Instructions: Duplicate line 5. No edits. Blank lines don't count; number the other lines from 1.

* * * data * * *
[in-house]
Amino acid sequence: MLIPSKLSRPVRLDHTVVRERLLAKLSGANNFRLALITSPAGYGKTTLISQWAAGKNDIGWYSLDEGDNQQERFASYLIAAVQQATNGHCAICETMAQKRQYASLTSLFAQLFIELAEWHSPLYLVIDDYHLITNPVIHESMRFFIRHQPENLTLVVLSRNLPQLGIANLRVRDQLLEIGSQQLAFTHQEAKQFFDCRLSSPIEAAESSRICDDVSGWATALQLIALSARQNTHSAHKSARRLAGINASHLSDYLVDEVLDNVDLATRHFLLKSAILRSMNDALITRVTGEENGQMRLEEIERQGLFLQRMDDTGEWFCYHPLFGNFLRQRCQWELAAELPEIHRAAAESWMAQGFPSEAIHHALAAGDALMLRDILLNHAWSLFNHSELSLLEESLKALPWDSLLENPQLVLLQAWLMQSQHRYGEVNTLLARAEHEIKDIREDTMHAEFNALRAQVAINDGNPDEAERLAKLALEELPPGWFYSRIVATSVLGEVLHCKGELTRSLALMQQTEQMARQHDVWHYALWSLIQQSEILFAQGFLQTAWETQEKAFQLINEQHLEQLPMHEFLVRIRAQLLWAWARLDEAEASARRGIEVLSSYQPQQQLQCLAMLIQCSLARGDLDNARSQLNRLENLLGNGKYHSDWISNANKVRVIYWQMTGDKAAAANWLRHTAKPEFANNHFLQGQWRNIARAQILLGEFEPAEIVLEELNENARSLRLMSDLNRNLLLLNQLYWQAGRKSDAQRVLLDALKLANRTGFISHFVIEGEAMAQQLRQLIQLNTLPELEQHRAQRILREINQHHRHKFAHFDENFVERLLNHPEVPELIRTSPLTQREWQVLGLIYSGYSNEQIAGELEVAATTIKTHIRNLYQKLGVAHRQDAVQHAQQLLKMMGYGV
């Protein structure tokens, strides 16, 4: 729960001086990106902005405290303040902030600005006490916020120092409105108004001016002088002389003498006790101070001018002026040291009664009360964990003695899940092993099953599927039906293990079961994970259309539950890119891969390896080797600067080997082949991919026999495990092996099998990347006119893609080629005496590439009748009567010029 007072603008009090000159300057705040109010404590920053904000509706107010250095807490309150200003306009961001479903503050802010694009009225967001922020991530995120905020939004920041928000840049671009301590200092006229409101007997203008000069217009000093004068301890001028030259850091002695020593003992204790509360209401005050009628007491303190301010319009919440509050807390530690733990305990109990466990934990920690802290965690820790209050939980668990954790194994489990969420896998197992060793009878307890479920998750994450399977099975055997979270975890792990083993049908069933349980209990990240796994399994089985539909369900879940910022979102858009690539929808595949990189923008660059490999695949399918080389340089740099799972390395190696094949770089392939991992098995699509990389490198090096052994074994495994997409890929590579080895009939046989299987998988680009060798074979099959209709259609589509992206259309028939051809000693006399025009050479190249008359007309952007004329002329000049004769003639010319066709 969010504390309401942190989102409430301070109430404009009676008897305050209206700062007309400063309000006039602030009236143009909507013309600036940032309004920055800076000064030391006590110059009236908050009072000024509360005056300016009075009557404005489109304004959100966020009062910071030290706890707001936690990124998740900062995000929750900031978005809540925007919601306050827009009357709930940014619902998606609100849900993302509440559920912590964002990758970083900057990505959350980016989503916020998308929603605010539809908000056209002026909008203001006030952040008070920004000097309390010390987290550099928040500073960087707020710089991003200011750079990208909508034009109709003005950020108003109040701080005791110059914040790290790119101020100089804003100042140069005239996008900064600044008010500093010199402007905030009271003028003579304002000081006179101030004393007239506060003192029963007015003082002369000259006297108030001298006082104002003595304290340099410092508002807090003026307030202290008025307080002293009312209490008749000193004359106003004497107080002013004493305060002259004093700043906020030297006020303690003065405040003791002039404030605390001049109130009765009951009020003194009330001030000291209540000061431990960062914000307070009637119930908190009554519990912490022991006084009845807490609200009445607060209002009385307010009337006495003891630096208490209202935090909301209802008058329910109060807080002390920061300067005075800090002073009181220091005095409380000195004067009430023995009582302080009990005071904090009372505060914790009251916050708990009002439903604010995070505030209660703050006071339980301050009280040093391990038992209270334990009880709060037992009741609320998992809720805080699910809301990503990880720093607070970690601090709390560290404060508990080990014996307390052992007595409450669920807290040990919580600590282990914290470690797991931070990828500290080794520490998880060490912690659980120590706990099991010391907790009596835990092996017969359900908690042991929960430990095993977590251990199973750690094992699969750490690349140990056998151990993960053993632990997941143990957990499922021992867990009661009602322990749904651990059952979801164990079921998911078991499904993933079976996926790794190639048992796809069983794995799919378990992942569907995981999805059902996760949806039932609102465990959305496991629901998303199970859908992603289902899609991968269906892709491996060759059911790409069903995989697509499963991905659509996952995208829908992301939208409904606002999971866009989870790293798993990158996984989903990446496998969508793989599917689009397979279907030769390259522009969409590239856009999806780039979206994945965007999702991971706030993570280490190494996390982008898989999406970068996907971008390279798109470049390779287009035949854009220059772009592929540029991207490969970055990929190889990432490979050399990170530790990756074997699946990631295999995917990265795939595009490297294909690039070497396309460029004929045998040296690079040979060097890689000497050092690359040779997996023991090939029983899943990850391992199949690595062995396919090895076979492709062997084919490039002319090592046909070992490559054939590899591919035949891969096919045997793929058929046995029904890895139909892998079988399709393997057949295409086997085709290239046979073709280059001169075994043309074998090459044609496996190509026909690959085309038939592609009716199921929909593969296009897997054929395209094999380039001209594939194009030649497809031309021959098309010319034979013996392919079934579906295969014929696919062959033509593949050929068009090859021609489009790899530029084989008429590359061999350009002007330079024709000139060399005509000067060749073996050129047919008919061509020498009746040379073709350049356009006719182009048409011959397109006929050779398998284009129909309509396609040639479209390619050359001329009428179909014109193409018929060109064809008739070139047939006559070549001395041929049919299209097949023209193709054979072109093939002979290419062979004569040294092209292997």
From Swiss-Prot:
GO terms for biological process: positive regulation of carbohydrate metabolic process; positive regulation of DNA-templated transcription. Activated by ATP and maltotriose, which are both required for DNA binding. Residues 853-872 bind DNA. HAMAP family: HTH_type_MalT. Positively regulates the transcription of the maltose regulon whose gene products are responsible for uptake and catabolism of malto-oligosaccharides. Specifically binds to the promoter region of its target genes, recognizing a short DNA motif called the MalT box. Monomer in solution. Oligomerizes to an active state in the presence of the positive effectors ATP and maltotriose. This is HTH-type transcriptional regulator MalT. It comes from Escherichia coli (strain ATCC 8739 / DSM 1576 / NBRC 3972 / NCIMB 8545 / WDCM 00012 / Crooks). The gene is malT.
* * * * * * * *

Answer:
GO terms for biological process: positive regulation of carbohydrate metabolic process; positive regulation of DNA-templated transcription. Activated by ATP and maltotriose, which are both required for DNA binding. Residues 853-872 bind DNA. HAMAP family: HTH_type_MalT. Positively regulates the transcription of the maltose regulon whose gene products are responsible for uptake and catabolism of malto-oligosaccharides. Specifically binds to the promoter region of its target genes, recognizing a short DNA motif called the MalT box. Monomer in solution. Oligomerizes to an active state in the presence of the positive effectors ATP and maltotriose. This is HTH-type transcriptional regulator MalT. It comes from Escherichia coli (strain ATCC 8739 / DSM 1576 / NBRC 3972 / NCIMB 8545 / WDCM 00012 / Crooks). The gene is malT.